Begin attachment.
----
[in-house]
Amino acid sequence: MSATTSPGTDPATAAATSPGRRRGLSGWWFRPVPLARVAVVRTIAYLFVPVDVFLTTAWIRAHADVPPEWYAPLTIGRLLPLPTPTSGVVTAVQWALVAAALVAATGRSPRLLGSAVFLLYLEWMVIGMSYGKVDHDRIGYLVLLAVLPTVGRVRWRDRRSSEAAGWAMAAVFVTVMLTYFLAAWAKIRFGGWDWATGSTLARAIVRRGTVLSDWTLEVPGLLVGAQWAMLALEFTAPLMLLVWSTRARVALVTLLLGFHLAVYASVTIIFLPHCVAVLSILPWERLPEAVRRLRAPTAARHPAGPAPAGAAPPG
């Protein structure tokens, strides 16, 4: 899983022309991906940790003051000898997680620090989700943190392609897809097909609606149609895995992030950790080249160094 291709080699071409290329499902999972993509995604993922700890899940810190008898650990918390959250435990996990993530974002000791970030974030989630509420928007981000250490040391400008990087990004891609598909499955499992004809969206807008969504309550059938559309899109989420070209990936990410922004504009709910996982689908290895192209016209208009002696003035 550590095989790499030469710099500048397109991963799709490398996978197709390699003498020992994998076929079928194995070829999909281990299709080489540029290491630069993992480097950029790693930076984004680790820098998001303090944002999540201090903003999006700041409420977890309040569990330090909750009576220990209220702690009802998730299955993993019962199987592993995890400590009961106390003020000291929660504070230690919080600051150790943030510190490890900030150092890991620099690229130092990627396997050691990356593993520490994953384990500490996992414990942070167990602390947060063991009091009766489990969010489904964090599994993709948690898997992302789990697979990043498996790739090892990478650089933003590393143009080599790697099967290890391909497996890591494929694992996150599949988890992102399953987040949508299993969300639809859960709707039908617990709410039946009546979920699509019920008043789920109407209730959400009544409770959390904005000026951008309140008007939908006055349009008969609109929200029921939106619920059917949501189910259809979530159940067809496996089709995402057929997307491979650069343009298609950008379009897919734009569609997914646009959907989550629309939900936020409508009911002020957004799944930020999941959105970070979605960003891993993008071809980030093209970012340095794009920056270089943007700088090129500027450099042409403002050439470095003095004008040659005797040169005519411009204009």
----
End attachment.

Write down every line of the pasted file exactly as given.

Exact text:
[in-house]
Amino acid sequence: MSATTSPGTDPATAAATSPGRRRGLSGWWFRPVPLARVAVVRTIAYLFVPVDVFLTTAWIRAHADVPPEWYAPLTIGRLLPLPTPTSGVVTAVQWALVAAALVAATGRSPRLLGSAVFLLYLEWMVIGMSYGKVDHDRIGYLVLLAVLPTVGRVRWRDRRSSEAAGWAMAAVFVTVMLTYFLAAWAKIRFGGWDWATGSTLARAIVRRGTVLSDWTLEVPGLLVGAQWAMLALEFTAPLMLLVWSTRARVALVTLLLGFHLAVYASVTIIFLPHCVAVLSILPWERLPEAVRRLRAPTAARHPAGPAPAGAAPPG
């Protein structure tokens, strides 16, 4: 899983022309991906940790003051000898997680620090989700943190392609897809097909609606149609895995992030950790080249160094 291709080699071409290329499902999972993509995604993922700890899940810190008898650990918390959250435990996990993530974002000791970030974030989630509420928007981000250490040391400008990087990004891609598909499955499992004809969206807008969504309550059938559309899109989420070209990936990410922004504009709910996982689908290895192209016209208009002696003035 550590095989790499030469710099500048397109991963799709490398996978197709390699003498020992994998076929079928194995070829999909281990299709080489540029290491630069993992480097950029790693930076984004680790820098998001303090944002999540201090903003999006700041409420977890309040569990330090909750009576220990209220702690009802998730299955993993019962199987592993995890400590009961106390003020000291929660504070230690919080600051150790943030510190490890900030150092890991620099690229130092990627396997050691990356593993520490994953384990500490996992414990942070167990602390947060063991009091009766489990969010489904964090599994993709948690898997992302789990697979990043498996790739090892990478650089933003590393143009080599790697099967290890391909497996890591494929694992996150599949988890992102399953987040949508299993969300639809859960709707039908617990709410039946009546979920699509019920008043789920109407209730959400009544409770959390904005000026951008309140008007939908006055349009008969609109929200029921939106619920059917949501189910259809979530159940067809496996089709995402057929997307491979650069343009298609950008379009897919734009569609997914646009959907989550629309939900936020409508009911002020957004799944930020999941959105970070979605960003891993993008071809980030093209970012340095794009920056270089943007700088090129500027450099042409403002050439470095003095004008040659005797040169005519411009204009």